Remember, you will NEVER meet a person that God does NOT love. You will NEVER meet a person that Christ did NOT die for. And when you do something to harm a neighbor or fail to bring a neighbor out of harm’s way – you crucify Jesus all over again. And the times we are most likely to crucify Jesus is when we believe we are at our best.
Father forgive them; for they do not know what they are doing. Thanks be to God for these gracious and merciful words of Jesus Christ. Otherwise, we’d all be damned to a hell of our own best intentions. AMEN.
Scripture Texts: Isaiah 35:1-3 & Matthew 21:1-11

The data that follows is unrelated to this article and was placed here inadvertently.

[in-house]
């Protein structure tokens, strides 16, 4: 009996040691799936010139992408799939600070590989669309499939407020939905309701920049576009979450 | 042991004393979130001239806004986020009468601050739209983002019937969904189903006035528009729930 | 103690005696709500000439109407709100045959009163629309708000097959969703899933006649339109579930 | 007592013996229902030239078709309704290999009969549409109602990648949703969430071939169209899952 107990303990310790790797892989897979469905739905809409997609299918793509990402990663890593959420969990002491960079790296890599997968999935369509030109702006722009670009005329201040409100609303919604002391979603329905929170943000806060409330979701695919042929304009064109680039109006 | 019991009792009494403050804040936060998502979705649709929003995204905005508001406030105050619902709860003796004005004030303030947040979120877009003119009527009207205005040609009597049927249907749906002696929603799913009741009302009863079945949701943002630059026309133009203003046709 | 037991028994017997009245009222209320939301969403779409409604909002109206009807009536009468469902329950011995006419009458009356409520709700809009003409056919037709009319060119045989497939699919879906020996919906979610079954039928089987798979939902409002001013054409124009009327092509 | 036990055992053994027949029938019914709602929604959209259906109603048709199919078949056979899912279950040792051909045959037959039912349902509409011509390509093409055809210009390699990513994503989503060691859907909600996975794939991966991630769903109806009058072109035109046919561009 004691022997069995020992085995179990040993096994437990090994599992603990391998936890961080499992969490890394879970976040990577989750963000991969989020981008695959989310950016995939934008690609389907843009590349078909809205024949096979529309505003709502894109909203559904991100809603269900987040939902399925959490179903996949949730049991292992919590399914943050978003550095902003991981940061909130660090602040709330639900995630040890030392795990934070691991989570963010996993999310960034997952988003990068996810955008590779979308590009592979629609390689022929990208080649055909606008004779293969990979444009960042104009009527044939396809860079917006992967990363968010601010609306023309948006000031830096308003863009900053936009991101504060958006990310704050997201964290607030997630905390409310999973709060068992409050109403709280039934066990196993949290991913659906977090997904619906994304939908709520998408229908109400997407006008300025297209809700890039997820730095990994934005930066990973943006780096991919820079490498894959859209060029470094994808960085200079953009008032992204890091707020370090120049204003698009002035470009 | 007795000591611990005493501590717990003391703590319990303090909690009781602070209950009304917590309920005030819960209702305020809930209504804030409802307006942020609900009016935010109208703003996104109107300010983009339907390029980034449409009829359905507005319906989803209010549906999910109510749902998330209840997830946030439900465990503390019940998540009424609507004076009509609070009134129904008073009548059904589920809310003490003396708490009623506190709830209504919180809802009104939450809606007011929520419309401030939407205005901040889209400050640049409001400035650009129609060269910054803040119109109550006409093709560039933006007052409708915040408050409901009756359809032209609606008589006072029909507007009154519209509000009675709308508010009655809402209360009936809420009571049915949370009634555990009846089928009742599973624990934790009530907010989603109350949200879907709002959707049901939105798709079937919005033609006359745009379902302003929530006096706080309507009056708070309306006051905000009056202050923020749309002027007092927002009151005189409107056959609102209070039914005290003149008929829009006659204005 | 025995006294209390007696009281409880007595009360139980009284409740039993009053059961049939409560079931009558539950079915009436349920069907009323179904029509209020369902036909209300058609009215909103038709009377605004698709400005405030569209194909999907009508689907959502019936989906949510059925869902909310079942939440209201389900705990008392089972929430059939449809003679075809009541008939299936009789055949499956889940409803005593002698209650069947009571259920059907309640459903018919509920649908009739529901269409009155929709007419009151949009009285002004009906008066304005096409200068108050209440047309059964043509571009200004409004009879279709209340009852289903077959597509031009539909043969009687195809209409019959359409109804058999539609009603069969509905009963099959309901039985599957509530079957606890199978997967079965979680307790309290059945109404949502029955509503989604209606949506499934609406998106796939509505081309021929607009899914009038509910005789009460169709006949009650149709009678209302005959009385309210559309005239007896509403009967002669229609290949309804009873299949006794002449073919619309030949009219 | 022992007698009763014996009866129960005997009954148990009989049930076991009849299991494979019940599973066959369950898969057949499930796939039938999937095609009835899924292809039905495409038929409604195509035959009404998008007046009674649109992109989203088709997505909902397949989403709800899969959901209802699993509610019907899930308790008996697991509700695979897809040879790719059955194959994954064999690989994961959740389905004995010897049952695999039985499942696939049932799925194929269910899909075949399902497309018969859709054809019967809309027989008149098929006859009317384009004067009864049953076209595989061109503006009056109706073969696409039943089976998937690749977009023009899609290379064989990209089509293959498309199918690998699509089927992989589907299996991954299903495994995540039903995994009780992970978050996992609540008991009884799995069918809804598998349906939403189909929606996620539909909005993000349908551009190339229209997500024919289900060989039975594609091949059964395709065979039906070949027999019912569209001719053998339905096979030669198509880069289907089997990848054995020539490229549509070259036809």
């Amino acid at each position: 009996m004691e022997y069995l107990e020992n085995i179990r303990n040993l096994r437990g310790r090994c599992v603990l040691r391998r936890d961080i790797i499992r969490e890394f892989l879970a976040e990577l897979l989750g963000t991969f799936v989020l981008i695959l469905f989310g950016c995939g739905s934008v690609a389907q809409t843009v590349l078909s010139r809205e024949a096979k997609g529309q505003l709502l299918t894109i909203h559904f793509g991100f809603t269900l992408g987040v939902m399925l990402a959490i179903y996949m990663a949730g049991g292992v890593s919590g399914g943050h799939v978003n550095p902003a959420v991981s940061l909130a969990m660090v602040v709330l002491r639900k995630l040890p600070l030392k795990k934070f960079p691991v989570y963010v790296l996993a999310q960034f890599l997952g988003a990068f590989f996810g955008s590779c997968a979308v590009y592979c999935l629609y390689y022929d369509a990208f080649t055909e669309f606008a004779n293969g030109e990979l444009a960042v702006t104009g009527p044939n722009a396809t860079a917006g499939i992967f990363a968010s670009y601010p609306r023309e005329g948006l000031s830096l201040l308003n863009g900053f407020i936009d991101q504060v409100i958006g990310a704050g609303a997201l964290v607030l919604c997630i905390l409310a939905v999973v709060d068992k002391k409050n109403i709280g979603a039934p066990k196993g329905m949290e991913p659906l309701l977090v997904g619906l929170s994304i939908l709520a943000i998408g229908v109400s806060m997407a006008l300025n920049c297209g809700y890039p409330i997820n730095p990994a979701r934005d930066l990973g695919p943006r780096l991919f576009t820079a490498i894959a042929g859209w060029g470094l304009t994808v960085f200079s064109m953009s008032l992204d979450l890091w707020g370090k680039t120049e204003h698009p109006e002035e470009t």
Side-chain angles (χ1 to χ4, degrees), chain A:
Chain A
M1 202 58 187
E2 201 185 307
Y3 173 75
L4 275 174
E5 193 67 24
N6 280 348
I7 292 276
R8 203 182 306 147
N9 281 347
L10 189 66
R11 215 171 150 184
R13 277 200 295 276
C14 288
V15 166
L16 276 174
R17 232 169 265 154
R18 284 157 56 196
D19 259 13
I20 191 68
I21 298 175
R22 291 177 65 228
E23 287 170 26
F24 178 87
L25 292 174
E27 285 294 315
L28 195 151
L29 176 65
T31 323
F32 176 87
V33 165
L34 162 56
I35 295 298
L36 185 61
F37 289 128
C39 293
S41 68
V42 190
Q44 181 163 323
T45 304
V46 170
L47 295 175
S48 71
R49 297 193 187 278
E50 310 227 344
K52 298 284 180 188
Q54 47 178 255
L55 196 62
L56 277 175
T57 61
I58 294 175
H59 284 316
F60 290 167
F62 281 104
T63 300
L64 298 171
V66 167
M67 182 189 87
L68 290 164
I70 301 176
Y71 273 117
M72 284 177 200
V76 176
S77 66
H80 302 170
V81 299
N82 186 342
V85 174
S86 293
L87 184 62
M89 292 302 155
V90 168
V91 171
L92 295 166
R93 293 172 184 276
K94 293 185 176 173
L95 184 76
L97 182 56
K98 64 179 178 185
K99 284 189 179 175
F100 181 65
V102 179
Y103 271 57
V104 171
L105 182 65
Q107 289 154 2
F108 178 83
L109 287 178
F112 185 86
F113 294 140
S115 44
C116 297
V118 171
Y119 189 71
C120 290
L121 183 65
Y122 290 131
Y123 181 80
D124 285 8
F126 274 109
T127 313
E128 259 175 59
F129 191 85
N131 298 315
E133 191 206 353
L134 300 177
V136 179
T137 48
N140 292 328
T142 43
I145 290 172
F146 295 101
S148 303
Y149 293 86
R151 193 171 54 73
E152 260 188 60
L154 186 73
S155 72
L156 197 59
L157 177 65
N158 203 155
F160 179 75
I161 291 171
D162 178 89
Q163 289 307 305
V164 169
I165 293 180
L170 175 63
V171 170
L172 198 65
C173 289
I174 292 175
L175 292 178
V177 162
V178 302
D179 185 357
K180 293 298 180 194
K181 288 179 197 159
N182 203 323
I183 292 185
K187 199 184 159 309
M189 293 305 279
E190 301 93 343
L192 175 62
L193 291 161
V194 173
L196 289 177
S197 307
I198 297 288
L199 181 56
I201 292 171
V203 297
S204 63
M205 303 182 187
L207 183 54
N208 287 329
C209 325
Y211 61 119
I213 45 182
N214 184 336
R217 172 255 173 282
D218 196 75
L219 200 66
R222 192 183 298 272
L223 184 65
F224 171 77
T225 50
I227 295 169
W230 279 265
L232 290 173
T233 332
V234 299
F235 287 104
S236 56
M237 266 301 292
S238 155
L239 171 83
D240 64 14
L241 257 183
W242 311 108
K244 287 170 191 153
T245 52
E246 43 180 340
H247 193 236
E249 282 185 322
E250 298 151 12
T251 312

I can only imagine what that day must have been like. To see the crowds. To see the ecstasy and the excitement. To feel the energy and electricity of the crowd as he entered on that day. To see the very representation of the “son of god,” “the lord of all,” “the savior of the world” as he entered with his grand army. As biblical historians Marcus Borg and John Dominic Crossan describe the events of Palm Sunday, it would have been, “a visual panoply of imperial power: cavalry on horses, foot soldiers, leather armor, helmets, weapons, banners, golden eagles mounted on poles, sun glinting on metal and gold. Sounds: the marching of feet, the creaking of leather, the clinking of bridles, the beating of drums. The swirling of dust. The eyes of onlookers…some curious, some awed, some resentful.”